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Exporting and Uploading Mailbox Items using Exchange Web Services using the new ExportItems and UploadItems operations in Exchange 2010 SP1

Two new EWS Operations ExportItems and UploadItems where introduced in Exchange 2010 SP1 that allowed you to do a number of useful things that where previously not possible using Exchange Web Services. Any object that Exchange stores is basically a collection of properties for example a message object is a collection of Message properties, Recipient properties and Attachment properties with a few meta properties that describe the underlying storage thrown in. Normally when using EWS you can access these properties in a number of a ways eg one example is using the strongly type objects such as emailmessage that presents the underlying properties in an intuitive way that's easy to use. Another way is using Extended Properties to access the underlying properties directly. However previously in EWS there was no method to access every property of a message hence there is no way to export or import an item and maintain full fidelity of every property on that item (you could export the item as an EML but this doesn't provide any fidelity of the properties on item).

Now with these two new operations there is a method of exporting and uploading items and maintaining all the Mapi properties. The only real restriction is by default the maximum import payload is 25MB of base64 encoded data but these setting can be modified in the web.config file. The export/import format that these two operations use in a stream format which is a stream of all the Exchange properties separated with meta properties to represent the different property collections on the Item. This format while it bares some similarity to TNEF and Compound Message format (MSG) is not the same.

There are no methods in the EWS Managed API to use these operations so you need to use EWS Proxy code or just raw SOAP when writing applications or script to use this. However you do need the EWSid's of the Items and Folder to upload or export items and the Managed API is the easiest way of getting these. For this post I've create a sample of exporting the last received item in the Inbox first using the EWS Managed API to find the last item and then use raw SOAP to export the items.

I posted a downloadable copy of the following EWS Managed API script here the code itself looks like

$MailboxName = "mailbox@domain.com"
$fileName = 'c:\exp.fts'
$cred = New-Object System.Net.NetworkCredential("username@domain.com","password")

$dllpath = "C:\Program Files\Microsoft\Exchange\Web Services\1.1\Microsoft.Exchange.WebServices.dll"
[void][Reflection.Assembly]::LoadFile($dllpath)
$service = New-Object Microsoft.Exchange.WebServices.Data.ExchangeService([Microsoft.Exchange.WebServices.Data.ExchangeVersion]::Exchange2010_SP1)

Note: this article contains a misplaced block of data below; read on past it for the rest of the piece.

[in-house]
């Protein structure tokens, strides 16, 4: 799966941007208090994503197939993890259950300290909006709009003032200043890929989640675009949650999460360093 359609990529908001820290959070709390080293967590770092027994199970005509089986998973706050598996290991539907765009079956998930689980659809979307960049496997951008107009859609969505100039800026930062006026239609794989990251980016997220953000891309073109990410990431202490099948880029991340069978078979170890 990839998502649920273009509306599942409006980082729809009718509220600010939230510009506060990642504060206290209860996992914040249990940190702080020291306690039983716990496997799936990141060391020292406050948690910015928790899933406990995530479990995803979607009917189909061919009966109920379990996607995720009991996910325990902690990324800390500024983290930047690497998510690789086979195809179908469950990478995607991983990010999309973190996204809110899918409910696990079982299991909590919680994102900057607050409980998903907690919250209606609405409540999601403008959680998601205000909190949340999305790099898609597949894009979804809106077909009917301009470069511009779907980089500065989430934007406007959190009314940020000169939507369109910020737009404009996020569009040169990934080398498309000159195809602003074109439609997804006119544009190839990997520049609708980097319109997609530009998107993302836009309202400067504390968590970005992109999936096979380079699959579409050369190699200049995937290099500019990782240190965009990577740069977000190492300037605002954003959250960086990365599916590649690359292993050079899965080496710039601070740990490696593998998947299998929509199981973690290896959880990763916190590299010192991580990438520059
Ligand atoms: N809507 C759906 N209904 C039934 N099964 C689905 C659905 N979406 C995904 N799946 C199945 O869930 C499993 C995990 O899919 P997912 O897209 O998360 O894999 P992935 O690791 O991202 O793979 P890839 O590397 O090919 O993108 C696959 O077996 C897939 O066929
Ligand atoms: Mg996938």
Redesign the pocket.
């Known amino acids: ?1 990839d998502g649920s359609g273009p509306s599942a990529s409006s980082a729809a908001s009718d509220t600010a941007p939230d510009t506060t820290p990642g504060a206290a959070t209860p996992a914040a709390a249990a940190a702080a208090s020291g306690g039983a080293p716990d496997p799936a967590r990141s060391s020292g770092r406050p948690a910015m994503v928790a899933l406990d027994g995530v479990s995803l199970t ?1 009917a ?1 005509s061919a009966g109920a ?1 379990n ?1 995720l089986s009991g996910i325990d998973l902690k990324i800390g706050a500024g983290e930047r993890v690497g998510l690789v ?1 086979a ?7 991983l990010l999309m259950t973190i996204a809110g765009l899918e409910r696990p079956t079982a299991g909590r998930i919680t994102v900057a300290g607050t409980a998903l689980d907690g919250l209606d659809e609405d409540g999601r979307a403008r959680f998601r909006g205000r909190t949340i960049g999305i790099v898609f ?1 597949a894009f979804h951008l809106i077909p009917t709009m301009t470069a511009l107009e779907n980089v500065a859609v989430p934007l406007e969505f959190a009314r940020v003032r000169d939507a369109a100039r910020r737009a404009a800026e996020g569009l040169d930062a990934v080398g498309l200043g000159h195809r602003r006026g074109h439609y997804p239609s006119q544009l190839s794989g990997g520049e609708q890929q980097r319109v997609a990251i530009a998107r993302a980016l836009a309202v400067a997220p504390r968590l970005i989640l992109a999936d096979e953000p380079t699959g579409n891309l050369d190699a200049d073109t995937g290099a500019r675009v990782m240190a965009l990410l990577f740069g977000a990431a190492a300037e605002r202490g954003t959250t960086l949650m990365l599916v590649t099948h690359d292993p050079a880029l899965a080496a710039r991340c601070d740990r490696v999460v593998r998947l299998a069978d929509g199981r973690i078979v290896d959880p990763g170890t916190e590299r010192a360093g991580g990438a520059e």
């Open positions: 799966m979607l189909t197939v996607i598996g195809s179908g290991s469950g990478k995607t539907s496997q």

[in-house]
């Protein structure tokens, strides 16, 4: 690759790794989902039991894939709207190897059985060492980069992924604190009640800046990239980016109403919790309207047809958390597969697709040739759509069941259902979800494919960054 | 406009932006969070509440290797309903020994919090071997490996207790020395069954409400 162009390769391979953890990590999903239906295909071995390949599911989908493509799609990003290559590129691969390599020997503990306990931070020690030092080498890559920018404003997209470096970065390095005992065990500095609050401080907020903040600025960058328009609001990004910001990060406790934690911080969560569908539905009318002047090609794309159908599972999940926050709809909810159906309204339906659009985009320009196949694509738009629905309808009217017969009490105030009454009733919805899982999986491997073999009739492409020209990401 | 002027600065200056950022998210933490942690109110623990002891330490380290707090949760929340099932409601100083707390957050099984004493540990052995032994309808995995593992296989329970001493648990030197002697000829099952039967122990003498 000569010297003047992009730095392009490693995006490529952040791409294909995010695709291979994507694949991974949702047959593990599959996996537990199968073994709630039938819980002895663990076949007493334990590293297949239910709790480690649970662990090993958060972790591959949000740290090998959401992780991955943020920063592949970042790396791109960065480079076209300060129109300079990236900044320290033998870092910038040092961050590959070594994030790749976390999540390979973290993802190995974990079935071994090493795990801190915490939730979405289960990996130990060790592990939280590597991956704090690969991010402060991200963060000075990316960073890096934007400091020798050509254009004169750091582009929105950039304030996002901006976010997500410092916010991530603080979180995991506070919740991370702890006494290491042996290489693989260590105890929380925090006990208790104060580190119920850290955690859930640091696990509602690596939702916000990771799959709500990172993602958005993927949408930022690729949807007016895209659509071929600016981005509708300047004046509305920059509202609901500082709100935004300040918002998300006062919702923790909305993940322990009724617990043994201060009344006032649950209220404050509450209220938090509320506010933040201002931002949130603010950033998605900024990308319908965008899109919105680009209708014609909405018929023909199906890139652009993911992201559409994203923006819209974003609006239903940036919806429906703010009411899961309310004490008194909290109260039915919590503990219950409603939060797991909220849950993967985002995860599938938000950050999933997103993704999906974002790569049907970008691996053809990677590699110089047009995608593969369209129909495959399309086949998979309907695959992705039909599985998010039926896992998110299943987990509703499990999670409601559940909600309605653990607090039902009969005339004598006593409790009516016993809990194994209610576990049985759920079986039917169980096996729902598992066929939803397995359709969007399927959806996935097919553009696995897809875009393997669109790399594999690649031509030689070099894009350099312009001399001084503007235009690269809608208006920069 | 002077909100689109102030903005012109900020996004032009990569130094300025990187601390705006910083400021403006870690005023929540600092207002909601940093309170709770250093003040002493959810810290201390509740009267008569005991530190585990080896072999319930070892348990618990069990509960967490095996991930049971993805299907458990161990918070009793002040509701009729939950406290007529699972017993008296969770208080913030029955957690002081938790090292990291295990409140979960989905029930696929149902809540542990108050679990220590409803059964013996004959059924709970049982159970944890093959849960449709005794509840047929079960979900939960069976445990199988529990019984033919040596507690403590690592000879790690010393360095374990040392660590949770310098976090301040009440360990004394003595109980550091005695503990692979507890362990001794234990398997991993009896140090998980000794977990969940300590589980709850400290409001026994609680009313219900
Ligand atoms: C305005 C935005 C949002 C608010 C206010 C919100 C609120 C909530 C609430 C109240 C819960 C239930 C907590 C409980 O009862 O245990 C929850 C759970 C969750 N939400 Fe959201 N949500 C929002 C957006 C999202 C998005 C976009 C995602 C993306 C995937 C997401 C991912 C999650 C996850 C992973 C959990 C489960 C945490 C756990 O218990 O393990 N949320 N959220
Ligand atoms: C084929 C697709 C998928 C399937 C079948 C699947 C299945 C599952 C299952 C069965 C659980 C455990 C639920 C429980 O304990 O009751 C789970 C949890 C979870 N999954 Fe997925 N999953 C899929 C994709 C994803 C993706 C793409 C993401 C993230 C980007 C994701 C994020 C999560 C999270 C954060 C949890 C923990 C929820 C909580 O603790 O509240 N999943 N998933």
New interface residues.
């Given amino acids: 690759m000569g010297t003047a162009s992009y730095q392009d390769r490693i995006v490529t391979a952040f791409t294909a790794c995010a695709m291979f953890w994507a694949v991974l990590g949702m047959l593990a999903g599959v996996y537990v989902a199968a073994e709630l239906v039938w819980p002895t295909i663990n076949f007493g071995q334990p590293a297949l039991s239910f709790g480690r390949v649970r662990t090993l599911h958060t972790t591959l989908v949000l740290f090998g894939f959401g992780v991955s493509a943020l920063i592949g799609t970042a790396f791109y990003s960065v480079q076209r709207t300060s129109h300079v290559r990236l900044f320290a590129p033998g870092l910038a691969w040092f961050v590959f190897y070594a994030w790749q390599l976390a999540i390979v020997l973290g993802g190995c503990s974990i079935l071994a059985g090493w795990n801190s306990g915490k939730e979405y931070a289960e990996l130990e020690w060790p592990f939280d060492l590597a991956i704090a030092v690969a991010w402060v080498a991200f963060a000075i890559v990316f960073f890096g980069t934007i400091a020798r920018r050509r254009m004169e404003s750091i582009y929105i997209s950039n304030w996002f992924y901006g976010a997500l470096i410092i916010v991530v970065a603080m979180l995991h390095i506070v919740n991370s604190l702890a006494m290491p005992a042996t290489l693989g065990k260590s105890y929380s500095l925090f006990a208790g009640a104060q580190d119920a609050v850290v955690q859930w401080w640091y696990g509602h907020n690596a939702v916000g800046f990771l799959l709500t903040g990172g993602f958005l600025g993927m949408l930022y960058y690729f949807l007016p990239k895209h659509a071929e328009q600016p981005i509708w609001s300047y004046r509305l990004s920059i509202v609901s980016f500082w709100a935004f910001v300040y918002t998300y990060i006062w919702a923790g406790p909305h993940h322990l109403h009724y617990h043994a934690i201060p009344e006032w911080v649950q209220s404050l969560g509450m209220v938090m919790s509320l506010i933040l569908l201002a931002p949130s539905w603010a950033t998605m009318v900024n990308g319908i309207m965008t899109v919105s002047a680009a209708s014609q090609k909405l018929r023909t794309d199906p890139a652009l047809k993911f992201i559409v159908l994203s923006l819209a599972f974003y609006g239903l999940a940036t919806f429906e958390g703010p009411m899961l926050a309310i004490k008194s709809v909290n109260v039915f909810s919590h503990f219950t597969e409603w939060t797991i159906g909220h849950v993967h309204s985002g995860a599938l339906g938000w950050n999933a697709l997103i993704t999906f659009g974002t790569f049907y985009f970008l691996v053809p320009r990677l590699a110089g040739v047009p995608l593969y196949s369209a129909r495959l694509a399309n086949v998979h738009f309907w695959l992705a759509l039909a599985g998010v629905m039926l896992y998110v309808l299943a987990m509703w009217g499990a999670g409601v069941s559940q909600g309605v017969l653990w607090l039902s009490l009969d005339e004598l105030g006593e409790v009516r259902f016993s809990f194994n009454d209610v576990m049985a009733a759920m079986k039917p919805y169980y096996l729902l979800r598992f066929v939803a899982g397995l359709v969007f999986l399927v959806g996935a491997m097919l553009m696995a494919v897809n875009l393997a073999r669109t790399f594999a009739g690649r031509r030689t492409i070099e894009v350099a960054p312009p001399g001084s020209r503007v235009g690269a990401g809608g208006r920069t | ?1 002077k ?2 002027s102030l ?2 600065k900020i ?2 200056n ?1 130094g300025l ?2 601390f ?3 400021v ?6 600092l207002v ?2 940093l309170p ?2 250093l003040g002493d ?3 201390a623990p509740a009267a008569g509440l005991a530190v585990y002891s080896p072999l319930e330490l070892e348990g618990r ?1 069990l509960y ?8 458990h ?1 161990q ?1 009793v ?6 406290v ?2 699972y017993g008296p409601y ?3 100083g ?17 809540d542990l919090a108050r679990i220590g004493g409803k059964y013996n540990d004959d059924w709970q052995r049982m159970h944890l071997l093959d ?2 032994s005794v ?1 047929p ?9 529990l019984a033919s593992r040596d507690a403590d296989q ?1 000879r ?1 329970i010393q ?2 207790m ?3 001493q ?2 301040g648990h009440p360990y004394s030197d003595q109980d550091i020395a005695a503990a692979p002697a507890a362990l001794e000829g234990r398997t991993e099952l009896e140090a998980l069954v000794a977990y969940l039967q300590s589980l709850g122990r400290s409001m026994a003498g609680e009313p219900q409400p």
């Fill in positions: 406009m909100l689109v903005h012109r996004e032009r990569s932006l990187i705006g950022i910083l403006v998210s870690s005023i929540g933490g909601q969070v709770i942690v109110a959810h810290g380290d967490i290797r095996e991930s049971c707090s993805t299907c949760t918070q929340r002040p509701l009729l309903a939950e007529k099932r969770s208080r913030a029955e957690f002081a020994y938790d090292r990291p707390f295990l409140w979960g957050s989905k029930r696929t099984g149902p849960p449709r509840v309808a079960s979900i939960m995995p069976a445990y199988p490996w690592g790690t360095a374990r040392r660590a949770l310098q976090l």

$service.TraceEnabled = $false

$windowsIdentity = [System.Security.Principal.WindowsIdentity]::GetCurrent()
$sidbind = "LDAP://<SID=" + $windowsIdentity.user.Value.ToString() + ">"
$aceuser = [ADSI]$sidbind
$service.Credentials = $cred
$service.autodiscoverurl($MailboxName,{$true})

$folderid = new-object Microsoft.Exchange.WebServices.Data.FolderId([Microsoft.Exchange.WebServices.Data.WellKnownFolderName]::Inbox,$MailboxName)

$view = New-Object Microsoft.Exchange.WebServices.Data.ItemView(1)
$findResults = $service.FindItems($folderid,$view)
$itemid = $findResults.Items[0].Id.Uniqueid

$expRequest = @"
<?xml version="1.0" encoding="utf-8" ?>
<soap:Envelope xmlns:xsi="http://www.w3.org/2001/XMLSchema-instance"
xmlns:xsd="http://www.w3.org/2001/XMLSchema"
xmlns:soap="http://schemas.xmlsoap.org/soap/envelope/"
xmlns:t="http://schemas.microsoft.com/exchange/services/2006/types"
xmlns:m="http://schemas.microsoft.com/exchange/services/2006/messages">
<soap:Header>
<t:RequestServerVersion Version="Exchange2010_SP1" />
</soap:Header>
<soap:Body>
<m:ExportItems>
<m:ItemIds>
<t:ItemId Id="$itemId"/>
</m:ItemIds>
</m:ExportItems>
</soap:Body>
</soap:Envelope>
"@
$mbMailboxFolderURI = New-Object System.Uri($service.url)
$wrWebRequest = [System.Net.WebRequest]::Create($mbMailboxFolderURI)
$wrWebRequest.KeepAlive = $false;
$wrWebRequest.Headers.Set("Pragma", "no-cache");
$wrWebRequest.Headers.Set("Translate", "f");
$wrWebRequest.Headers.Set("Depth", "0");
$wrWebRequest.ContentType = "text/xml";
$wrWebRequest.ContentLength = $expRequest.Length;
$wrWebRequest.Timeout = 60000;
$wrWebRequest.Method = "POST";
$wrWebRequest.Credentials = $cred
$bqByteQuery = [System.Text.Encoding]::ASCII.GetBytes($expRequest);
$wrWebRequest.ContentLength = $bqByteQuery.Length;
$rsRequestStream = $wrWebRequest.GetRequestStream();
$rsRequestStream.Write($bqByteQuery, 0, $bqByteQuery.Length);
$rsRequestStream.Close();
$wrWebResponse = $wrWebRequest.GetResponse();
$rsResponseStream = $wrWebResponse.GetResponseStream()
$sr = new-object System.IO.StreamReader($rsResponseStream);
$rdResponseDocument = New-Object System.Xml.XmlDocument
$rdResponseDocument.LoadXml($sr.ReadToEnd());
$Datanodes = @($rdResponseDocument.getElementsByTagName("m:Data"))
if ($Datanodes.length -ne 0){
$Data = [System.Convert]::FromBase64String($Datanodes[0].'#text')
$fsFileStream = new-object system.io.filestream $fileName, ([io.filemode]::create), ([io.fileaccess]::write), ([io.fileshare]::none)
$fsFileStream.Write($Data, 0, $Data.Length);
$fsFileStream.Close();
}

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All sample scripts and source code is provided by for illustrative purposes only. All examples are untested in different environments and therefore, I cannot guarantee or imply reliability, serviceability, or function of these programs.

All code contained herein is provided to you "AS IS" without any warranties of any kind. The implied warranties of non-infringement, merchantability and fitness for a particular purpose are expressly disclaimed.